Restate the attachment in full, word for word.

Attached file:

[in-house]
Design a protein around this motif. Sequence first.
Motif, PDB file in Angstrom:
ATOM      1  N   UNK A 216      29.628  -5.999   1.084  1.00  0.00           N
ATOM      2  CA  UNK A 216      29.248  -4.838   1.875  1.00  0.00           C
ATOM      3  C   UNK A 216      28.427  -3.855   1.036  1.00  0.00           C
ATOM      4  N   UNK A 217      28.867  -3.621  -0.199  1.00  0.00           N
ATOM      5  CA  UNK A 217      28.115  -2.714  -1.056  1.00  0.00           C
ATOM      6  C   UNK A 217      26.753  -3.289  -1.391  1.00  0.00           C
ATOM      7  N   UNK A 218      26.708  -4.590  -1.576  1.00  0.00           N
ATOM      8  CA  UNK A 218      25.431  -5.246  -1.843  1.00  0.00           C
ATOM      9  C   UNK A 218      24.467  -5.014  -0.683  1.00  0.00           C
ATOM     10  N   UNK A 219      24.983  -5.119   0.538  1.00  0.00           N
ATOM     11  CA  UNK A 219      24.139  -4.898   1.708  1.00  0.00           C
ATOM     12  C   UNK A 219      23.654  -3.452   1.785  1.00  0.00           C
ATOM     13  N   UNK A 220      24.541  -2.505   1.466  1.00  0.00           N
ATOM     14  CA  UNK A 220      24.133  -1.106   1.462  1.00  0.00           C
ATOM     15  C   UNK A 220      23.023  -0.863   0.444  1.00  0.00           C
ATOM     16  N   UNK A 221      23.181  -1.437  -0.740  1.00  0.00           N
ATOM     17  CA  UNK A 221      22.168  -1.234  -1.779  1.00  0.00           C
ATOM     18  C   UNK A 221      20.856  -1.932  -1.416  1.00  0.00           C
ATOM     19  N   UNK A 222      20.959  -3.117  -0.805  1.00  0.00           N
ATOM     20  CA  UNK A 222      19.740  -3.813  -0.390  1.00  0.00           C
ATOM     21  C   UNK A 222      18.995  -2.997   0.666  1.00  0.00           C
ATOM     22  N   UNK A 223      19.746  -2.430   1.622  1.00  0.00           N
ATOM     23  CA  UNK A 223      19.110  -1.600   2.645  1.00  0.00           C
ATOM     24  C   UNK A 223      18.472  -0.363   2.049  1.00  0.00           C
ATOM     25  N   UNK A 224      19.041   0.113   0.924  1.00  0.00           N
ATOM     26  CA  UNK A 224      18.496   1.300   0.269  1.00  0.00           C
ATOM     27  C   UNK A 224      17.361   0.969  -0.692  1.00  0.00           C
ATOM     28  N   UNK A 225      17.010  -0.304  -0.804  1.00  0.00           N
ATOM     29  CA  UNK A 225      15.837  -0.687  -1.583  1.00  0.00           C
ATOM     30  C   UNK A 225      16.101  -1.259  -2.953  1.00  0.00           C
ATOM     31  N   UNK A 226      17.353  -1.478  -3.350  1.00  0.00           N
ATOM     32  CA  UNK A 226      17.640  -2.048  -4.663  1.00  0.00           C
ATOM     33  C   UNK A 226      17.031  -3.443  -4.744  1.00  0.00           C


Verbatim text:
[in-house]
Design a protein around this motif. Sequence first.
Motif, PDB file in Angstrom:
ATOM      1  N   UNK A 216      29.628  -5.999   1.084  1.00  0.00           N
ATOM      2  CA  UNK A 216      29.248  -4.838   1.875  1.00  0.00           C
ATOM      3  C   UNK A 216      28.427  -3.855   1.036  1.00  0.00           C
ATOM      4  N   UNK A 217      28.867  -3.621  -0.199  1.00  0.00           N
ATOM      5  CA  UNK A 217      28.115  -2.714  -1.056  1.00  0.00           C
ATOM      6  C   UNK A 217      26.753  -3.289  -1.391  1.00  0.00           C
ATOM      7  N   UNK A 218      26.708  -4.590  -1.576  1.00  0.00           N
ATOM      8  CA  UNK A 218      25.431  -5.246  -1.843  1.00  0.00           C
ATOM      9  C   UNK A 218      24.467  -5.014  -0.683  1.00  0.00           C
ATOM     10  N   UNK A 219      24.983  -5.119   0.538  1.00  0.00           N
ATOM     11  CA  UNK A 219      24.139  -4.898   1.708  1.00  0.00           C
ATOM     12  C   UNK A 219      23.654  -3.452   1.785  1.00  0.00           C
ATOM     13  N   UNK A 220      24.541  -2.505   1.466  1.00  0.00           N
ATOM     14  CA  UNK A 220      24.133  -1.106   1.462  1.00  0.00           C
ATOM     15  C   UNK A 220      23.023  -0.863   0.444  1.00  0.00           C
ATOM     16  N   UNK A 221      23.181  -1.437  -0.740  1.00  0.00           N
ATOM     17  CA  UNK A 221      22.168  -1.234  -1.779  1.00  0.00           C
ATOM     18  C   UNK A 221      20.856  -1.932  -1.416  1.00  0.00           C
ATOM     19  N   UNK A 222      20.959  -3.117  -0.805  1.00  0.00           N
ATOM     20  CA  UNK A 222      19.740  -3.813  -0.390  1.00  0.00           C
ATOM     21  C   UNK A 222      18.995  -2.997   0.666  1.00  0.00           C
ATOM     22  N   UNK A 223      19.746  -2.430   1.622  1.00  0.00           N
ATOM     23  CA  UNK A 223      19.110  -1.600   2.645  1.00  0.00           C
ATOM     24  C   UNK A 223      18.472  -0.363   2.049  1.00  0.00           C
ATOM     25  N   UNK A 224      19.041   0.113   0.924  1.00  0.00           N
ATOM     26  CA  UNK A 224      18.496   1.300   0.269  1.00  0.00           C
ATOM     27  C   UNK A 224      17.361   0.969  -0.692  1.00  0.00           C
ATOM     28  N   UNK A 225      17.010  -0.304  -0.804  1.00  0.00           N
ATOM     29  CA  UNK A 225      15.837  -0.687  -1.583  1.00  0.00           C
ATOM     30  C   UNK A 225      16.101  -1.259  -2.953  1.00  0.00           C
ATOM     31  N   UNK A 226      17.353  -1.478  -3.350  1.00  0.00           N
ATOM     32  CA  UNK A 226      17.640  -2.048  -4.663  1.00  0.00           C
ATOM     33  C   UNK A 226      17.031  -3.443  -4.744  1.00  0.00           C